' for contact with the hot plate with which the pan is adapted to be used, and the heavy section oi metal in the bottom of the pan minimizes the bottom surface so that portions thereof may not be in contact with the hot plate surface. In the illustrated form oi pan, the plane bottom surface I4 is not of as large diameter as the body portion of the pan since the 'desired diameter of the pan may be somewhat larger than the usual maximum diameter for hot plates for cooking purposes, and it is desirable that the plane surface for contacting the hot plate be no longer in diameter than the hot plate, since if it extends beyond the hot plate there is the possibility of thepan resting on an adiacent surface at a higher level than that of the hot plate, and this of course would prevent proper contact between the bottom of the pan and the hot plate. Obviously, the iinished plate bottom surface of the pan may be extended to the full diameter of the pan if desired, vand it will also be evident that other arrangements of serrations providing ridges and intervening drain 'grooves may be employed.

The close parallel arrangement of ridges divided by uniform serrations I consider preferable, however, since this arrangement glves the most desirable uniform characterof support for the article to be broiled so as to insure that no portions of the article sag below the ridges to a degree permitting such portions to lie in the grease or drippings produced by the cooking operation. By way of example, I consider it desirable for a pan having a diameter of approximately 10 inches at the trough 26 to have a solid bottom thickness of about 1A inch with a total thickness between the bottom surface I4 and the top of the ridges I6 of about inch, the ridges being spacedapart about 1A inch and. the intervening grooves 20 having a minimum depth of approximately 1A inch and a maximum depth adjacent the trough 2B into which they discharge of approximately inch.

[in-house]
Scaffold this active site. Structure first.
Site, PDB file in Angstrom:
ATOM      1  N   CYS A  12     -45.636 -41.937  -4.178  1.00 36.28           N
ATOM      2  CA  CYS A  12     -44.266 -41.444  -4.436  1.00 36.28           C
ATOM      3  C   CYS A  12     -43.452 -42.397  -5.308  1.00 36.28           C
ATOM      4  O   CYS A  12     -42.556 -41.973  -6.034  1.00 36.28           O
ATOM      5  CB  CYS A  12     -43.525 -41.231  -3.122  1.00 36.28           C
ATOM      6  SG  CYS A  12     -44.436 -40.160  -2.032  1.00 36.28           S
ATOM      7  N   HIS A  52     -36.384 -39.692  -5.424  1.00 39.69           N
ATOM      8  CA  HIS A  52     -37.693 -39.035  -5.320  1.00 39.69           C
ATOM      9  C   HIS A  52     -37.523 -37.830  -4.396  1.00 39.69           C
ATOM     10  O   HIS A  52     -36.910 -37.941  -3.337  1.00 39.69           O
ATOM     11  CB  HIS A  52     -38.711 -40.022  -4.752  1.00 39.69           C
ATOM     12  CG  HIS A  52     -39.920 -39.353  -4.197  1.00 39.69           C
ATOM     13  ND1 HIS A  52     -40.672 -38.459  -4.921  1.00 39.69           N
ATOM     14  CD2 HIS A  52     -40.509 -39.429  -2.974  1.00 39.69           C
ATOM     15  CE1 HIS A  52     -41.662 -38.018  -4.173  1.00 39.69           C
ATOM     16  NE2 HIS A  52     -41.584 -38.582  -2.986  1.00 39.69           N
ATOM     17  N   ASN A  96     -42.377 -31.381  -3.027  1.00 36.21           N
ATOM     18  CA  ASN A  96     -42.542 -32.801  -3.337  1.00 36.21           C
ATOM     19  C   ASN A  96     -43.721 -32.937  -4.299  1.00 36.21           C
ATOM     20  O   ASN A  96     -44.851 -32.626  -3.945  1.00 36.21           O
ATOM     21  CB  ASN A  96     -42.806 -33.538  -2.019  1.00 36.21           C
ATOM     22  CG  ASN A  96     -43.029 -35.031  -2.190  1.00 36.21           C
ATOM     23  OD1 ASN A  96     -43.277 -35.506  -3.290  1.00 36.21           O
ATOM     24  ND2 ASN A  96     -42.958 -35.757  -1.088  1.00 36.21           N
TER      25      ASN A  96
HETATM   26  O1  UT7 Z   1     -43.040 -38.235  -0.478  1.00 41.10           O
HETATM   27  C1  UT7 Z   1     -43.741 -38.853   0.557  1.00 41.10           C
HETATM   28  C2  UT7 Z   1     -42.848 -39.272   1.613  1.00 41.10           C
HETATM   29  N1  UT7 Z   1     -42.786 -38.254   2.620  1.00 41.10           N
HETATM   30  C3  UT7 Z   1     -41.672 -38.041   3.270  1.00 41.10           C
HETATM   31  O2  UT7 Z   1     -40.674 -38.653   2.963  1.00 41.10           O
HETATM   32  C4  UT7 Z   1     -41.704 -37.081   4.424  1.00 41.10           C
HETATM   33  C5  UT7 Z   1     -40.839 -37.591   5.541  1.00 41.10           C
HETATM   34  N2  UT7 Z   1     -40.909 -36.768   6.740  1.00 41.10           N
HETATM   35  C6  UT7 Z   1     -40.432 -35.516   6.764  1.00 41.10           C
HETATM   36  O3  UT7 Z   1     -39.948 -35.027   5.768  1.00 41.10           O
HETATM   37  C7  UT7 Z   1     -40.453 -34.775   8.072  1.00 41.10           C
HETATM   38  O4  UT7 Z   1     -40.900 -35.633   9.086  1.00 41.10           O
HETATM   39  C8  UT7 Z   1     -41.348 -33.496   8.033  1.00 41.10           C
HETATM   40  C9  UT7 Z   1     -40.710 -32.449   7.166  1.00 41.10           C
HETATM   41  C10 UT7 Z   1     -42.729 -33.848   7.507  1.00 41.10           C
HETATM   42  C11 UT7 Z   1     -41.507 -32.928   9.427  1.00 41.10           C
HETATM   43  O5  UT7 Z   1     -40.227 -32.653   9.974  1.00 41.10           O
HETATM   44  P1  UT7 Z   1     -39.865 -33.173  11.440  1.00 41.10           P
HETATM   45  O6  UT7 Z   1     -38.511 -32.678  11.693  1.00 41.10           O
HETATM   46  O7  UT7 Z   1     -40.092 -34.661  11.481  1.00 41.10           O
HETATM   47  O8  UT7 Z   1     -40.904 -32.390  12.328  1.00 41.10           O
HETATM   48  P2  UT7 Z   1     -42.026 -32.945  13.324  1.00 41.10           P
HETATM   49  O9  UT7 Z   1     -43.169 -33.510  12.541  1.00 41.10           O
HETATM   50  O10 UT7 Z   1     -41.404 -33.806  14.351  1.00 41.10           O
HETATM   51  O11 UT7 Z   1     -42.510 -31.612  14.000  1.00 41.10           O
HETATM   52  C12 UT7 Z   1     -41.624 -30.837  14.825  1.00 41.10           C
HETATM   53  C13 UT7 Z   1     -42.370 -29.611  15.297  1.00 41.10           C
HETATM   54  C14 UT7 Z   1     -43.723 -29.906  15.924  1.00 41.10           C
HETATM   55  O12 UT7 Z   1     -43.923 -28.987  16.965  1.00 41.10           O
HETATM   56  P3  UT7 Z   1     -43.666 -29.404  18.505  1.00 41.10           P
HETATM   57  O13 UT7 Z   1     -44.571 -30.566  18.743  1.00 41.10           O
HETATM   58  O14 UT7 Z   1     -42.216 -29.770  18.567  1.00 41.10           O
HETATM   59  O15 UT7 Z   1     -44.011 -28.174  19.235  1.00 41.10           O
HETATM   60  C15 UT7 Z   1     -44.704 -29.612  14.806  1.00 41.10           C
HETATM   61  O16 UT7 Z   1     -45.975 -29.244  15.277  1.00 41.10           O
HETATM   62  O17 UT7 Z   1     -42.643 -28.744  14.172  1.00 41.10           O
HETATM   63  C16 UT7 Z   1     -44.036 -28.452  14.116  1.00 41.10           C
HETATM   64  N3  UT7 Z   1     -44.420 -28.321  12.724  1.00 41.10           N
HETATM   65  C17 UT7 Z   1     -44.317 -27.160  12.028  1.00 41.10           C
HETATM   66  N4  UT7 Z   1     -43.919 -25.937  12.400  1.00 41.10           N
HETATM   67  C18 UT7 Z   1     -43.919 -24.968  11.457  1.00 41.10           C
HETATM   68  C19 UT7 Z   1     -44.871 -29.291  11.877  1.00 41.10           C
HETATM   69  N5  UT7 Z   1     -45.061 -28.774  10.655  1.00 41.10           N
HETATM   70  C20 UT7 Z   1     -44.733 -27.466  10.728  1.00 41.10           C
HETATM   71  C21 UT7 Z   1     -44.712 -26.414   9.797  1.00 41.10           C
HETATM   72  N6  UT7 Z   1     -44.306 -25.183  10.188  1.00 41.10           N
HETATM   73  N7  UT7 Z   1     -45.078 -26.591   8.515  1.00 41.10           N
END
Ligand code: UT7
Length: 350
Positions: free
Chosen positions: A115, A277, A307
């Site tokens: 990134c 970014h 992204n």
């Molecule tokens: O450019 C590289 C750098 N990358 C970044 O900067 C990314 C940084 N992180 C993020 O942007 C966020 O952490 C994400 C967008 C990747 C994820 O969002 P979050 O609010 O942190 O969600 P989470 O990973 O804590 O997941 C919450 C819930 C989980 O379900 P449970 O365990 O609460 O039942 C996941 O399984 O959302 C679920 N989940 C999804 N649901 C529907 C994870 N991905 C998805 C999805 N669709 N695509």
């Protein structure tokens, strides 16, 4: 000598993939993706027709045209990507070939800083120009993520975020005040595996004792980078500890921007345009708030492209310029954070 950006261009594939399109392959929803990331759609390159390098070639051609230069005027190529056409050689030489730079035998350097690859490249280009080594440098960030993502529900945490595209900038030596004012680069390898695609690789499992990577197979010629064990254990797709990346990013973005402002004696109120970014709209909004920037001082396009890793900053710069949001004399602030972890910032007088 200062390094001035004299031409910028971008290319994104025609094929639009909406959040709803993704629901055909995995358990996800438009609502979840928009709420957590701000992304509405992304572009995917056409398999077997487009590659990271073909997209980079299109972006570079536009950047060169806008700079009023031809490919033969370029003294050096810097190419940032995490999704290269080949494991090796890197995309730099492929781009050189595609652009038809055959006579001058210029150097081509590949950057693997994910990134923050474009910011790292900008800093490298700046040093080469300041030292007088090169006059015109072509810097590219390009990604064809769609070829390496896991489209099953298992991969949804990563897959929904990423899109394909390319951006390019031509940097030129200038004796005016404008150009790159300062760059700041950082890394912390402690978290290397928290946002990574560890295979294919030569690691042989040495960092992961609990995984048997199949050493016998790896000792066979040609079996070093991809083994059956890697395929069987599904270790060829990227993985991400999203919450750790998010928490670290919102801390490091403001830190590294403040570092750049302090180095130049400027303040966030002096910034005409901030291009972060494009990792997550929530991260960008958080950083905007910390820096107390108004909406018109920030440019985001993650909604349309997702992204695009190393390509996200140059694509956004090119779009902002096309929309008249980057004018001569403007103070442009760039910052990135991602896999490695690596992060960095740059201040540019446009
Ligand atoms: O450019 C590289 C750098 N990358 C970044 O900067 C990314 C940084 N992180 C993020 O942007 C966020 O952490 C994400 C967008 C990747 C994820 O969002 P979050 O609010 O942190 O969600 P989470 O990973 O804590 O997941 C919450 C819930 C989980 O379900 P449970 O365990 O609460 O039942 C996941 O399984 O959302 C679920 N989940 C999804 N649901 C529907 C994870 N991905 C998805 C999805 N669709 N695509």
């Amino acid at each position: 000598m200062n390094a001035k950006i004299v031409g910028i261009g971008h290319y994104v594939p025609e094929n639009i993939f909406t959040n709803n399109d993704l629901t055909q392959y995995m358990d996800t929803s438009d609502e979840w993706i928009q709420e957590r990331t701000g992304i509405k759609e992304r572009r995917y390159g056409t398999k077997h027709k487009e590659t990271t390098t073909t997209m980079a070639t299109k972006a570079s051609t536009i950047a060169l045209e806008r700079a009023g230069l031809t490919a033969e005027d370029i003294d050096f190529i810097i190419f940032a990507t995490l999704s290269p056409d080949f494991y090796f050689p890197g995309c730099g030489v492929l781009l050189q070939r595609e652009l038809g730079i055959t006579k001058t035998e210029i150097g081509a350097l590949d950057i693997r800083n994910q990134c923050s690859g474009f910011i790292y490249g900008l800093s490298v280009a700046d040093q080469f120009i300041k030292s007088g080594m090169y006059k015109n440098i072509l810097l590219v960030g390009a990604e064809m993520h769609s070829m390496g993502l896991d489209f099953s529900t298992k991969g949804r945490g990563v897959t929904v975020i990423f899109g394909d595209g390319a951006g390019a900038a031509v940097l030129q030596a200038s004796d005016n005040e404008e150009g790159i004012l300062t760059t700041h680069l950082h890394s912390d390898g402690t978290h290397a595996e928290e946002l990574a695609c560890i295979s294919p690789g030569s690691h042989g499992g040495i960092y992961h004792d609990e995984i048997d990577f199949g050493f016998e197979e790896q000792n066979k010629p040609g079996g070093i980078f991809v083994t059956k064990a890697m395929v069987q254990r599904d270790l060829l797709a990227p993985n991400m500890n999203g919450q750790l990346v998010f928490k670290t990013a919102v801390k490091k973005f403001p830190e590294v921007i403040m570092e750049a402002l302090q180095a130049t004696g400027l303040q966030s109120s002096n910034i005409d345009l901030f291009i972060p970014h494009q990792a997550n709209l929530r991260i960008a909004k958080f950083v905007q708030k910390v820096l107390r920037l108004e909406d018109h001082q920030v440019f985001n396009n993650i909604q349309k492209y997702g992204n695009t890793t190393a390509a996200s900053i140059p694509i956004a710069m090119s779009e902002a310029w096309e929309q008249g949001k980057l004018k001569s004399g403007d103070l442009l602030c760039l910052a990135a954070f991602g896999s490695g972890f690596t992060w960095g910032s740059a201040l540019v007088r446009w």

What I claim is:

l. A circular metal broiling pan comprising a relatively thick bottom portion having a plane lower surface of pared with the total area of the pan, said lower surface constituting the lowermost portion of the pan and providing for absorption of heat by conduction from the iiat top of a stove or the like and a serrated upper surface providing a plurality of relatively closely spaced parallel ridges and a plurality of intervening relatively deep and narrow grooves, said grooves and ridges terminating short of the side wall of the pan to provide a peripheral trough adjacent said side wall and the bottoms of the said grooves being inclined with Irespect to the plane of said lower surface to cause the grooves to drain into said peripheral trough.